There’s controversy with the conservancy.
Dogs are no longer welcome at the Turtle Creek nature preserve that spans a property in Old Saybrook and Essex.
It’s about a 96-acre parcel that was established back in the 1970’s as a gift by the wife of the former Connecticut Gov. Chester Bowles Sr.
Dog walkers like Mike Hutner commonly come to Turtle Creek nature preserve to enjoy its natural beauty.
“The community of so many dog walkers who have the benefits of learning more about nature as they are walking their dogs,” Hutner said.
Winding trails take you through thick trees and you find yourself on a little beach in a cove looking at swans, boats in a marina, and a picturesque New England church on the horizon.
“It’s a shame. I think it was nice for the neighborhood and the town of Old Saybrook. They used to have someplace to take their dogs to run freely,” said Mary Hellsund, of Old Saybrook.
At the start of this week, a big sign reading “no dogs” was put in the ground where people park entering the preserve.
“Well now I’m just sort of walking the neighborhood and keeping the dog on a leash the whole time,” Hellsund said.
The nature conservancy owns and manages the land.
It posted on its website that the Turtle Creek Preserve would be formally closed to dog use, leash or unleashed, because of overuse and negative impacts on the landscape.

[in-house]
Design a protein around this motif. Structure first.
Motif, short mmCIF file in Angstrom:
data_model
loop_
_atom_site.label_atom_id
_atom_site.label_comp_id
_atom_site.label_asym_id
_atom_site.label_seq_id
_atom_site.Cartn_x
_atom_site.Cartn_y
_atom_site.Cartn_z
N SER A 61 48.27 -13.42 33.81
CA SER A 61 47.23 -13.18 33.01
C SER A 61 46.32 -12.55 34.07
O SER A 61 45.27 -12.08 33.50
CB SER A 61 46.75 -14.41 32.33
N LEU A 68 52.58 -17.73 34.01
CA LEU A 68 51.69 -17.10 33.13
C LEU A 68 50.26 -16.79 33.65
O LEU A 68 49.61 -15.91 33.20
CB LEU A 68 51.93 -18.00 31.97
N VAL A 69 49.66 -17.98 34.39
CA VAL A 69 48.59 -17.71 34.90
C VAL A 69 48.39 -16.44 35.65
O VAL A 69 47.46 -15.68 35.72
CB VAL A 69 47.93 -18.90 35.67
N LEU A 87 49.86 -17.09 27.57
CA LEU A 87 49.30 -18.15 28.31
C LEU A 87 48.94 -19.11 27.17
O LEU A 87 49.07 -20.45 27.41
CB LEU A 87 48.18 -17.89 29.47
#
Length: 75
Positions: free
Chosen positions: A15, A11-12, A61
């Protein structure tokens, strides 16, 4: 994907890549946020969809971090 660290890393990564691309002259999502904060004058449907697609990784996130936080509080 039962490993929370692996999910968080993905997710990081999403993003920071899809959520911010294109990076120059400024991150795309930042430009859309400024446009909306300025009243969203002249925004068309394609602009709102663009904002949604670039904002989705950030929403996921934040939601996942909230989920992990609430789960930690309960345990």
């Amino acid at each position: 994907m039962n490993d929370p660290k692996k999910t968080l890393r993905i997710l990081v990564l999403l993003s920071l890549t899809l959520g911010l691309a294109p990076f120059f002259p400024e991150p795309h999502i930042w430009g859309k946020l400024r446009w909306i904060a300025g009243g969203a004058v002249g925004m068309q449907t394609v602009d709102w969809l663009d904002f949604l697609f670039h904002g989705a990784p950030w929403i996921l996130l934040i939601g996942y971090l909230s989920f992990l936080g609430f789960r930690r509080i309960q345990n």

“I think that people should have their dogs on a leash in there. But they’re not saying people should have their dogs on a leash they’re just saying no dogs which I think is kind of crazy. Which it’s a beautiful place to walk,” said Sandy Haas, of Old Saybrook.
The Nature Conservancy Director of Land Management, David Gumbart, did not return calls or emails from Channel 3, but had a statement online that read in part “typically, the conservancy does not allow pets on preserves, and restricting access at Turtle Creek will support the preserve’s natural systems and functions.”
The conservancy also gave a list of other nearby properties that would be accommodating to pets. But people have been bringing their dogs to Turtle Creek for a long time.
“I’ve brought all my dogs here, my parents who have died brought their dogs here. It’s like an institution. In their efforts to protect nature they are interfering with the joy and recreation of people, real people, human beings and their dogs,” said Jennifer Morgan, of Old Lyme.
The debate has been going on a long time.
Hutner says he believes it has more to do with trying to cut down on traffic for immediate neighbors, and while boulders were being considered to block the parking area, Hutner says that is no longer being done.
“So, I’m hoping that the Nature Conservancy, which any public organization should be doing is just talking to the people who are their constituents, and in this case, it’s the dog walkers,” Hutner said.
The dog walkers have been very vocal about what they think of this new signage and no dogs in the nature preserve.
That’s why they think there should be more talks with the nature conservancy.
Copyright 2017 WFSB (Meredith Corporation). All rights reserved.